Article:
One can reuse code without OOP—often by simply copying and pasting.
"Doesn't really take saying for any professional developer, but this approach means that when you find a bug in code, you have to fix it in a dozen places, instead of once."— Anthony Glenwright, product development manager (.NET languages)
|Richard can't seem to grasp the obvious—that you leverage through reuse.—Stephen Russell|
"Richard can't seem to grasp the obvious—that you leverage through reuse. You take all the M$ controls and subclass them into your own framework version. This way, you can add functionality to the control, and when M$ changes them, our classes don't break."—Stephen Russell, programmer (C#)
Efficiency is the stated goal of C-style languages and OOP, but the result is too often the opposite.
"I've been programming for a good few years myself and have often wondered why many programmers now feel that just because they've used OOP techniques that their programming must be good. They don't think about the fact that procedural code performing the same function might be half the size and complexity."—Dave King, senior systems developer (VB)
"Object-oriented design is often the most natural approach to a problem. If one chooses to implement that design using an OOP language is another matter."—Matthias Kronenberger, software developer/computer scientist (C++)
"I have adopted some OO techniques with success, especially those that allow real reusability. However, the verboseness, seriously diminished transparency, and general unwieldiness of the .NET languages are an obstacle to rapid development." —A database developer/consultant (VB6) who preferred to remain anonymous
"Many developers practice a design style that is more 'Class Oriented Programming' than 'Object Oriented Programming.' They don't use any sample business data to develop their object model and data flows. Instead, they start designing elaborate class structures without trying to prove that they are capable of processing the actual data that they will be required to handle."—Phil Corcoran, software engineer (Java)
|My biggest problem with OOP is its lack of integration with the current crop of databases.—Stan Coplan|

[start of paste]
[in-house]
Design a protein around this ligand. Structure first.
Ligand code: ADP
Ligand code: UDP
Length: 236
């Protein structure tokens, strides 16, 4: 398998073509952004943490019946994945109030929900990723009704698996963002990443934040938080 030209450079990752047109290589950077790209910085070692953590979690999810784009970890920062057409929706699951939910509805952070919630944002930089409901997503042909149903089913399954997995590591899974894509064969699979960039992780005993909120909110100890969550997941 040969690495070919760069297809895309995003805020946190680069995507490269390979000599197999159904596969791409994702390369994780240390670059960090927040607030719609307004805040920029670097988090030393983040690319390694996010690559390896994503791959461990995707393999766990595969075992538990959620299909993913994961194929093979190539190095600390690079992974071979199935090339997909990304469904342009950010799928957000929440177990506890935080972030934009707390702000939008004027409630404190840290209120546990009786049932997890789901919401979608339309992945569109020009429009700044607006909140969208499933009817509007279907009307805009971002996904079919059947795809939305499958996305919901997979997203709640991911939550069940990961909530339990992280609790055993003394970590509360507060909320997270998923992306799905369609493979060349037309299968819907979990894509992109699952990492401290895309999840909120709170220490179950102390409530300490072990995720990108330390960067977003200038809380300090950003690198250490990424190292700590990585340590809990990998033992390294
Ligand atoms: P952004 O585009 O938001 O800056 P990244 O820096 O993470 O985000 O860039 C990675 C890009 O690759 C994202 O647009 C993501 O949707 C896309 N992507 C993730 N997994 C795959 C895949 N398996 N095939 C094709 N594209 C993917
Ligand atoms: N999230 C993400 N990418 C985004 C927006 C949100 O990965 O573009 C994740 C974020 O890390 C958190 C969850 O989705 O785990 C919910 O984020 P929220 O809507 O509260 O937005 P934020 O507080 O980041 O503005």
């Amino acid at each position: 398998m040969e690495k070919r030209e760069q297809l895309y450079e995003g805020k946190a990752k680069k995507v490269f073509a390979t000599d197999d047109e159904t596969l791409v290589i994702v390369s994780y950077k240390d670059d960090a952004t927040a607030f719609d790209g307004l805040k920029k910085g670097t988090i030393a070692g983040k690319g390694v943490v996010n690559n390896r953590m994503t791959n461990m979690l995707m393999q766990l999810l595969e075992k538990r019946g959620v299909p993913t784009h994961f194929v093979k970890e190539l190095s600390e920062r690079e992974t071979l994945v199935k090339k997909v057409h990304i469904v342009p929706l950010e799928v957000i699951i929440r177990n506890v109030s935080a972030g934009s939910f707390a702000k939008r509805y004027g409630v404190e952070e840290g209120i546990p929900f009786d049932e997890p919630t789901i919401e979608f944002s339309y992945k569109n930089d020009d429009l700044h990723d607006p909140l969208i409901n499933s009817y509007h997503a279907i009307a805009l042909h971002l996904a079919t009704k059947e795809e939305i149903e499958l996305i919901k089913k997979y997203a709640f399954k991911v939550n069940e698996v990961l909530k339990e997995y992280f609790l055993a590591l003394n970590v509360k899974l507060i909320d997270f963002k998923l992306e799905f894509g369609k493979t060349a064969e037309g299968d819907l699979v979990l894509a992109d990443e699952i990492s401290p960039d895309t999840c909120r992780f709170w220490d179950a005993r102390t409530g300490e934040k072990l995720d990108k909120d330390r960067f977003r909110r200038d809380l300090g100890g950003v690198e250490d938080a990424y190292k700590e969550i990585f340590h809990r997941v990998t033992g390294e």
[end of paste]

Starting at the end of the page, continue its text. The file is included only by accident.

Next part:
"A large part of the problem—especially for smaller projects—lies in the languages used, rather than the overall OOP paradigm. Languages like C++, Visual Basic, and Java force a layer of extra structure and obfuscation on the programmer, which, strictly speaking, has nothing to do with the OOP paradigm."—Jay Osako, freelance software developer, primarily Web (Scheme, recently Python)
"It is silly to rewrite programs from VB6 to .NET (or Java) simply to stay current, but alas, that's what we've been doing since BASIC made its appearance. We're glad for the improvements, but not the added complexity that this last round of languages has introduced.
My biggest problem with OOP is its lack of integration with the current crop of databases. The supposed need for an OOP to SQL mapping layer (object-relational mapping) is absurd."—Stan Coplan, president of a software and multimedia development company (VB.NET, ASP. NET, VB6, C#, Java)
"Simply put: more advanced data structures (e.g., deques, graphs, double linked lists), which improve efficiency and runtime, are most effectively achieved through OOP."—Dave Russell, software engineer (Java)
"I think that C++ has tainted the whole concept [of OOP languages]. This one language is so big and so complex that no one in their right mind would use it for learning OOP. Unfortunately, it's also massively dominant. Java's an improvement, but is still way too complicated."—Dr. Alun J. Carr, Mechanical Engineering Dept., University College Dublin (Tcl/Tk)
"I have observed many, many wasted programmer months, failed projects, and failed companies due to way too much OOP design time and too many layers [and] objects, which just make the systems hard to program, hard to learn, and slower."—Jerry Howard, programmer/consultant (C#)
"The most attractive benefit of OOP is in maintenance, not in efficiency of initial implementation. OOP requires greater effort in the requirements, analysis, and high-level or low-level software design stages. Sadly, the vast majority of programmers don't design or design very poorly. I believe that explains the crummy results for OOP."—Mark Bullock, software QA analyst (Java)
I've begun to wonder whether OOP is simply the latest fad.
"I do not think that in our world of distributed computing OOP has a future at all. Within one computer it is perfect; but it is unacceptable for communication. Consumers process and interpret data the way they like, not the way producers want them to. That's why OOP is going to gradually turn from a universal idea to a niche technology."—Vlad Patryshev, software engineer (Java with generics)
|Classic OO is dead.— Danny Kalev|
"If you look at every standard library that has been added to ISO C++ in the past 10 years, you'll see that classic OO is dead. Virtually all of these libraries are designed according to a different paradigm: generic programming. Get used to thinking in terms of templates, meta-functions, and generics. OO is dead; long live generic programming."—Danny Kalev, independent software engineer (C++)
"OO has lasted too long and it [is] too widespread to be considered a 'fad'. It may be 'misused technology', but that is a separate (and equally incorrect) argument."—Matthew Roberts, PhD student and Lecturer (Haskell)